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Writing Los Angeles: A Literary Anthology written by David L. Ulin


Writing Los Angeles: A Literary Anthology written by David L. Ulin


Los Angeles has always been a place of paradisal promise and apocalyptic undercurrents. Simone de Beauvoir saw a kaleidoscopic "hall of mirrors," Aldous Huxley a "city of dreadful joy." Jack Kerouac found a "huge desert encampment," David Thomson imagined "Marilyn Monroe, fifty miles long, lying on her side, half-buried on a ridge of crumbling rock."

In Writing Los Angeles, The Library of America presents a glittering panorama in fiction, poetry, essays, journalism, and diaries by more than seventy writers. It brings to life the entrancing surfaces and unsettling contradictions of The City of Angels, from Raymond Chandler's evocation of murderous moods fed by the Santa Ana winds to John Gregory Dunne's affectionate tribute to "the deceptive perspectives of the pale subtropical light." Here are fascinating strata of Los Angeles history, from the 1920s oil boom to 1980s graffiti art, from flamboyant evangelist Aimee Semple McPherson to surf music genius Brian Wilson, from German emigré intellectuals to hard-bitten homicide cops. Here are fragile ecosystems, architectural splendors, and social chasms, in the words of writers as various as M.F.K. Fisher, William Faulkner, Bertolt Brecht, Evelyn Waugh, Octavio Paz, Joan Didion, Norman Mailer, Walter Mosley, Mona Simpson, and Charles Mingus. Art Pepper discovers the Central Avenue of the 1940s jazz scene; screenwriter Robert Towne reflects on Chinatown's origin; David Hockney teaches himself to drive; Pico Iyer finds at LAX "as clear an image as exists today of the world we are about to enter."

Writing Los Angeles is an incomparable literary tour guide to a city of shifting identities and endless surprises.


Having previously compiled an anthology of contemporary poetry and prose about the southern California megalopolis, Ulin here gathers of it in several genres, in whole or excerpted, from a range of periods and mostly by writers who did not live there. Annotation c. Book News, Inc.,Portland, OR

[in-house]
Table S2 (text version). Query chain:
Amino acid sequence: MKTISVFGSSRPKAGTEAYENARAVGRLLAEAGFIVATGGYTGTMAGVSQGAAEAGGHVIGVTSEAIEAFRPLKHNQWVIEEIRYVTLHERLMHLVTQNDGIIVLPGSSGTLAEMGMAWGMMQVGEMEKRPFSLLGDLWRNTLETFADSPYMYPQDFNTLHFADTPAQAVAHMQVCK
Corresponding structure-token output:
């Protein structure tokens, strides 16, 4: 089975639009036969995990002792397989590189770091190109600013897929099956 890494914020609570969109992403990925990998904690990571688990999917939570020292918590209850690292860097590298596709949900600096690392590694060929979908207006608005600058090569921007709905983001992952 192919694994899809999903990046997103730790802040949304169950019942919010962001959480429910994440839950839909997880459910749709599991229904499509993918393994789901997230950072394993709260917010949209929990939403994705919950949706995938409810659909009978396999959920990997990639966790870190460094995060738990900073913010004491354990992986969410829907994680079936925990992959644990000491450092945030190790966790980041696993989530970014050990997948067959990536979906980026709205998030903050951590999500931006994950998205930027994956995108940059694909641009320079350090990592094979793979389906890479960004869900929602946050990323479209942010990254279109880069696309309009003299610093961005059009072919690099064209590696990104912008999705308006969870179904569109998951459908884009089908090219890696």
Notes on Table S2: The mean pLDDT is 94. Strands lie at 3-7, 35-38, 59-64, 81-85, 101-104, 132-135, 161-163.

The New Yorker

Before the first postcards arrived back East showing sunlit cactuses and mesas, railroad-company photographers and government surveyors had already begun to document the American West for commercial gain. In Print The Legend, Martha A. Sandweiss writes that as early as the eighteen-sixties daguerreotypes, album plates, and glass lantern slides encouraged railroad barons and real-estate developers to plot their next moves. Desolate flatlands were paired with optimistic text, depicting "a visual story that affirmed and expanded the central fictions of nineteenth-century western history."

The rodeo circuit provides another framework for Western legend; barrel-racing cowgirls spent their time away from the arena "polishing white boots and powdering white hats," according to Rodeo Queens and The American Dream. Author Joan Burbick interviews female rodeo stars, starting with the foremothers of the nineteen-thirties. "Buckle bunnies," as they were called, "were on a strict work schedule. Western heritage was serious business."

Farther west lay California, and particularly Southern California, with its stark contrasts of reality and fakery, history and amnesia. "Accept no man's statement that he knows this Country of Lost Borders well," Mary Austin warned in 1909, but more than seventy contributors take a shot in Writing Los Angeles. One of them, Helen Hunt Jackson, described L.A. in 1883 as a city of "century-long summers" -- an earlier version of Truman Capote's assessment: "Snow is on the mountains, yet flowers color the land, a summer sun juxtaposes December's winter sea." In other words, wish you were here.

(Lauren Porcaro)

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